The Kings will announce Tuesday that they are naming the street leading to the front door of the new downtown arena in honor of former NBA Commissioner David Stern, whose persistent, decades-long efforts helped keep the franchise in Sacramento.
Officially, the address of the Golden 1 Center – to be submitted to the city Tuesday for approval – is 500 David J. Stern Walk.
“When I learned we would have the option of naming the road, it was a no-brainer for me,” Kings principal owner Vivek Ranadive told The Sacramento Bee on Monday. “There were no other names on my list. David took the NBA to the global level and started the WNBA, but he is about so much more than basketball. He is one of the greatest leaders in the world, and on top of that, the team would not be in Sacramento without David Stern.”
The walk encompasses the part of K Street that stretches from Fifth to Seventh streets, passing the main entrance to the arena. That portion of the street had previously been part of Downtown Plaza and has not been a public street for many years.
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Stern, who maintains an office in New York and has worked as a consultant since retiring from the NBA in January 2014, was told about the plan during a visit from Ranadive in April.
“Vivek asked if he could stop by, and I said, ‘Sure,’ ” Stern said late Monday. “He said, ‘In light of your 30 years as commissioner and everything you have done for Sacramento, we’d like to name the street on which Golden 1 Center sits in your name.’ I was deeply touched. I said, ‘Now what do I do?’ He said, ‘You have to come out for the dedication on Sept. 30 and the first home game of the season (date to be determined).’ I said, ‘Sure.’ ”
The city’s community development director, Ryan DeVore, said he anticipated the Kings’ application would be approved.
“I don’t see any conflicts,” DeVore said. “It seems fitting.”
While Stern sounded genuinely delighted when reached in his office Monday afternoon, he ranked the Kings’ protracted, if ultimately successful effort to build a new arena among the most difficult ordeals of his tenure with the NBA.
“I would call it quasi-miraculous, because everyone said it couldn’t be done,” he said. “How many commissioners have walked around Cal Expo and lots of other sites? Then we had the situations with the city, the owners, and eventually, this bake-off in effect between a very able group in Seattle and the extraordinary group in Sacramento. I’m very, very excited for Sacramento.”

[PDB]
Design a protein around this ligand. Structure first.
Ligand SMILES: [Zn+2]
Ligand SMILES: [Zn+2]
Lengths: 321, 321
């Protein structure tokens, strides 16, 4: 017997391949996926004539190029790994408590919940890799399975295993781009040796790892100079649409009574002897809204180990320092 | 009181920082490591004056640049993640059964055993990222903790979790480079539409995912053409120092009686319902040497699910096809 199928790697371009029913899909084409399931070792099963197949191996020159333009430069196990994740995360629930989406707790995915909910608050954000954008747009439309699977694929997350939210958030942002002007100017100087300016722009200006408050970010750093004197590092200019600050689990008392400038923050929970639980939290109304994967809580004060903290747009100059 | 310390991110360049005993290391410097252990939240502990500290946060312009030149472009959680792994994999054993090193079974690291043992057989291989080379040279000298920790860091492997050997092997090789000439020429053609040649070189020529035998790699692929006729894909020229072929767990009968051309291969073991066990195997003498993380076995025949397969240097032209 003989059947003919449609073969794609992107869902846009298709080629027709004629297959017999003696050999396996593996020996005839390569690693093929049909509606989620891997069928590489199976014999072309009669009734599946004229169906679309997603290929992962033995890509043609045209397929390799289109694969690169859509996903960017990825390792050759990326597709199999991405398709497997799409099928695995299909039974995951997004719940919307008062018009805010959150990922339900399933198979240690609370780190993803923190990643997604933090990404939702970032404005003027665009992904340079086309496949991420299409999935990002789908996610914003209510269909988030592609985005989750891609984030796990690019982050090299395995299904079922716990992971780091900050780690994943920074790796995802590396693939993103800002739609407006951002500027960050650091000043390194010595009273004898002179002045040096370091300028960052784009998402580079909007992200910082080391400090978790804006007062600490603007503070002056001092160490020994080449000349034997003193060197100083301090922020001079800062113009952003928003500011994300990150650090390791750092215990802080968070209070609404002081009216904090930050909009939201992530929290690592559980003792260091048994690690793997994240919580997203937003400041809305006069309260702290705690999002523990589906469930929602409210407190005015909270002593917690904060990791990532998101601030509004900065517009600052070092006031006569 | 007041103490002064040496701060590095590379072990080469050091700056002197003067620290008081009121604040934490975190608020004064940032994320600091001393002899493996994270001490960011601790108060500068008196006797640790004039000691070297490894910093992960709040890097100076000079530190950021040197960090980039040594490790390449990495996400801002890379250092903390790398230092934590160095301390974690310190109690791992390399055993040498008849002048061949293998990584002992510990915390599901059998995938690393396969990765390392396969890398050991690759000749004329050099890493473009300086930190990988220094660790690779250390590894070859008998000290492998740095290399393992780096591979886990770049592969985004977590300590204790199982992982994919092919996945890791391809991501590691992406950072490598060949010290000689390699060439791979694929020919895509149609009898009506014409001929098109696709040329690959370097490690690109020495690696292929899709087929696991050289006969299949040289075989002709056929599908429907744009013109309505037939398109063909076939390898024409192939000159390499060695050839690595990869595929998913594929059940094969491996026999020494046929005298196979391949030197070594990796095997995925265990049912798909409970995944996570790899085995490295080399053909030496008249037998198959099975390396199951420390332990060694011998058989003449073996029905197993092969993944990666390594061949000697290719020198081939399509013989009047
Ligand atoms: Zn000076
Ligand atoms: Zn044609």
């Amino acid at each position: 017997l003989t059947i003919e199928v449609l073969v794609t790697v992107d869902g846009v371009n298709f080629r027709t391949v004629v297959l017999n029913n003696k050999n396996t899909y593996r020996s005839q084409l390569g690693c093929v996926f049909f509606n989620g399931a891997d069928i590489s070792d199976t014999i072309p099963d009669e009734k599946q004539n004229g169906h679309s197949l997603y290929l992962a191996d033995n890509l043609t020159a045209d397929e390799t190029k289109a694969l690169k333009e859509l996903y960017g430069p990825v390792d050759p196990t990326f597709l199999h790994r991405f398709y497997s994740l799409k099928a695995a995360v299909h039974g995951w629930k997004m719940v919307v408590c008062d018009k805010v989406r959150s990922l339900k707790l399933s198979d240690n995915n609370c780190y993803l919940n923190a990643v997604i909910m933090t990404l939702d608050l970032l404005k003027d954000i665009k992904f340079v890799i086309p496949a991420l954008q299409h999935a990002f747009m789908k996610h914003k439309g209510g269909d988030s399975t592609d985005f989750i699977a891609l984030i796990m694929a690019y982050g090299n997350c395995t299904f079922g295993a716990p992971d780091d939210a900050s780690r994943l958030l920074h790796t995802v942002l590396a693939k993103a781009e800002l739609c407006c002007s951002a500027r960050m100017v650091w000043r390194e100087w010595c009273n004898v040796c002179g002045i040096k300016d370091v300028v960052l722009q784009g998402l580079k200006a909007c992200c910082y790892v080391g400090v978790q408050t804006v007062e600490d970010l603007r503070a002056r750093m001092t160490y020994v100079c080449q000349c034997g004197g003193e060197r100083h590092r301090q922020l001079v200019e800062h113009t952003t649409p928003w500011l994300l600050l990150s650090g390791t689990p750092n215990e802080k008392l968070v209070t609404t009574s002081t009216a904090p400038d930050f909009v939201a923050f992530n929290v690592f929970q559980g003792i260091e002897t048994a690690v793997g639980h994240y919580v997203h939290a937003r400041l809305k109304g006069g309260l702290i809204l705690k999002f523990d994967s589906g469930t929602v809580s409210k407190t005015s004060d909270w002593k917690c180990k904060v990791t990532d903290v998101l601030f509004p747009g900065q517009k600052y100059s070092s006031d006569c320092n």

Stern’s involvement with the Kings traces to his days as deputy commissioner in the early 1980s, when Gregg Lukenbill attempted to relocate the struggling Kansas City franchise to Sacramento. With Stern’s guidance and tacit support, the Kings moved into a temporary building in Natomas in 1985 and 17,317-seat Arco Arena three years later.
After succeeding Larry O’Brien as commissioner, Stern also oversaw the sale of the Kings to Los Angeles-based developer Jim Thomas and, later, to the Maloof family. Backroom conversations about the need for a more modern arena were underway long before Joe and Gavin Maloof took control of the franchise in 1999, becoming a major public and political issue in 2001, when the topic was broached by Heather Fargo during her first significant speech as mayor.
Within the ensuing 12 years, Stern resisted numerous overtures to relocate the franchise despite more than a dozen failed arena proposals, ongoing discord among the city’s business and political leaders, and the public’s increasing distrust of the Maloofs. In December 2006, the commissioner hired consultant John Moag to evaluate potential locations, and when a possible deal involving the Cal Expo board collapsed in 2010, the former civil rights attorney rolled up his white dress sleeves and became intimately involved with future discussions.
Stern convinced the league’s owners to resist the Maloofs’ proposed relocation to Anaheim in 2011. In 2013, he helped assemble the ownership group headed by Ranadive, a move that thwarted the Maloofs’ sale of the franchise to Seattle’s Steve Ballmer and Chris Hansen.
Golden 1 Center is scheduled to open Oct. 4.
The Bee’s Tony Bizjak contributed to this report.